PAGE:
In the spirit of humanity’s very roots, I get to know the strangers beside me over raw kanpachi with crab fragrance and fennel, sablefish in bergamot served alongside Golden Osetra caviar with shiitake mushrooms, and a low tide salad made of sea urchin and crab with a chili crunch. By the time a dish that is actually seven dishes comes around—including fish ‘Eyes’cargot—we have become Instagram-official friends. There is something about going on a culinary adventure together that creates an unbreakable bond.
From start to finish, including dessert, fire is present throughout. It would be easy to assume that the flavor profile evokes barbecue, but only a few items feature char or smoke. “You have no idea how hard it is to cook something on a fire and not make it not taste like fire,” Stowaway tells me with a laugh after dinner. “We want to be able to do all those things. That means we're very good at pretending we're in control of this motherf**ker.”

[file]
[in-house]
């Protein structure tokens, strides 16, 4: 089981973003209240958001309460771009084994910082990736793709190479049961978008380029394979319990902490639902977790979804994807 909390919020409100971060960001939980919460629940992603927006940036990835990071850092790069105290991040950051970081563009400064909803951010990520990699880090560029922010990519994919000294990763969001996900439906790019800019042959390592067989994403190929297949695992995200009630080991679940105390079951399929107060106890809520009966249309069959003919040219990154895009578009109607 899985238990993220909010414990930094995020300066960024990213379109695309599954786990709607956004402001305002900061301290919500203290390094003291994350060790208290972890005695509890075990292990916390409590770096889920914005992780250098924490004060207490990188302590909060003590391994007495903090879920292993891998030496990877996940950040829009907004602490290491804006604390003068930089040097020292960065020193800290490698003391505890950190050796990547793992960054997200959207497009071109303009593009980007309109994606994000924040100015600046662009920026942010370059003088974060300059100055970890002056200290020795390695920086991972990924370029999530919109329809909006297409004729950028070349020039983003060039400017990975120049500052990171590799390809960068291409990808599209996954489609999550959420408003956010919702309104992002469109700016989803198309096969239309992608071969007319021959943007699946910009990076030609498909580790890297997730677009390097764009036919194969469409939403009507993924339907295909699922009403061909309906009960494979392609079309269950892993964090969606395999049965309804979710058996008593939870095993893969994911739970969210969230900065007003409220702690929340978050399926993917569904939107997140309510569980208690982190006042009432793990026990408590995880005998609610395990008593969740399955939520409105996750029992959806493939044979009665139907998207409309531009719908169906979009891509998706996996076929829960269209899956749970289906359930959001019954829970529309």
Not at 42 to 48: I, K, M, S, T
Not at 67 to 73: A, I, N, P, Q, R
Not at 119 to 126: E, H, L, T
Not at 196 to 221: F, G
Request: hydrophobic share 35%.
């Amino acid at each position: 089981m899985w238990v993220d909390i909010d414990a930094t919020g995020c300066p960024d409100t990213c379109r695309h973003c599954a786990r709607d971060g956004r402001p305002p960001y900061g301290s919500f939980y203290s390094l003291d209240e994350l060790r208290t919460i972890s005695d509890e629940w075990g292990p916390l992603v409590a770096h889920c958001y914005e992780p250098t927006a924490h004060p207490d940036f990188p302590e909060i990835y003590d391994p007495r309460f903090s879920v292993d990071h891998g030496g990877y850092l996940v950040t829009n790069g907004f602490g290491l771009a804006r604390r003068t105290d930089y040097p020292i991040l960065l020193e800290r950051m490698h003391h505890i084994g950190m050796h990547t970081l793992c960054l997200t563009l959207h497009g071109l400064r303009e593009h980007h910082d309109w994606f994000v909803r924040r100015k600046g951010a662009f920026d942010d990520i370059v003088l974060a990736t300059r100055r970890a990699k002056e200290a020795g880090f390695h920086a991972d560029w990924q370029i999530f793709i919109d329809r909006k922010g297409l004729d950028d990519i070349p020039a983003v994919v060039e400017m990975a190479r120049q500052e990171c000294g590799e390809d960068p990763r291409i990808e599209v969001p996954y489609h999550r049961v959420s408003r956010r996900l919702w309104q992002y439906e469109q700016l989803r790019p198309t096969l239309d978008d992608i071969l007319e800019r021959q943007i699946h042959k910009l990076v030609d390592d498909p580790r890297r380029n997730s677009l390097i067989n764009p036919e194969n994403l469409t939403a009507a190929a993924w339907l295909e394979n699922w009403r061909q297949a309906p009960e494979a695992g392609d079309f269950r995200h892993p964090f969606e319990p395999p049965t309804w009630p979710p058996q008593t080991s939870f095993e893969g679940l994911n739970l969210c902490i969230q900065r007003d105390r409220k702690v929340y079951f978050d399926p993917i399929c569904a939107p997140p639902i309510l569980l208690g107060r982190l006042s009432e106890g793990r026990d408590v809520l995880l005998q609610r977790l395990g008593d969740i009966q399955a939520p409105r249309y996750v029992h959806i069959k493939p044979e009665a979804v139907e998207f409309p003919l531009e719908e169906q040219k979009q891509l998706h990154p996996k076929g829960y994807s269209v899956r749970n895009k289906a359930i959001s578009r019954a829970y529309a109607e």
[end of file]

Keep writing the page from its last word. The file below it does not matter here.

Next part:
Following my dessert of lemon and olive oil and squid ink ice cream, Stowaway brings me into the kitchen to meet the fire, per my request. I can feel the immense heat on my face as soon as I cross the threshold, and can only stand so close for a few short moments. We linger nearby as he shares his story with me, a tale of faith and music and determination. Though his experiences in San Francisco’s restaurants were positive, he knew he had to do things on his own to do them right. “As long as you work for someone else, it's like you're gonna be playing their music.”
Warmed by the fire, friendship, and several glasses of rosé, I find it hard to leave the embrace of Osito. Dining here feels like being part of something special: it’s proof that sitting around a campfire is a great way to have a good time.
Hero image: Molly DeCoudreaux/Osito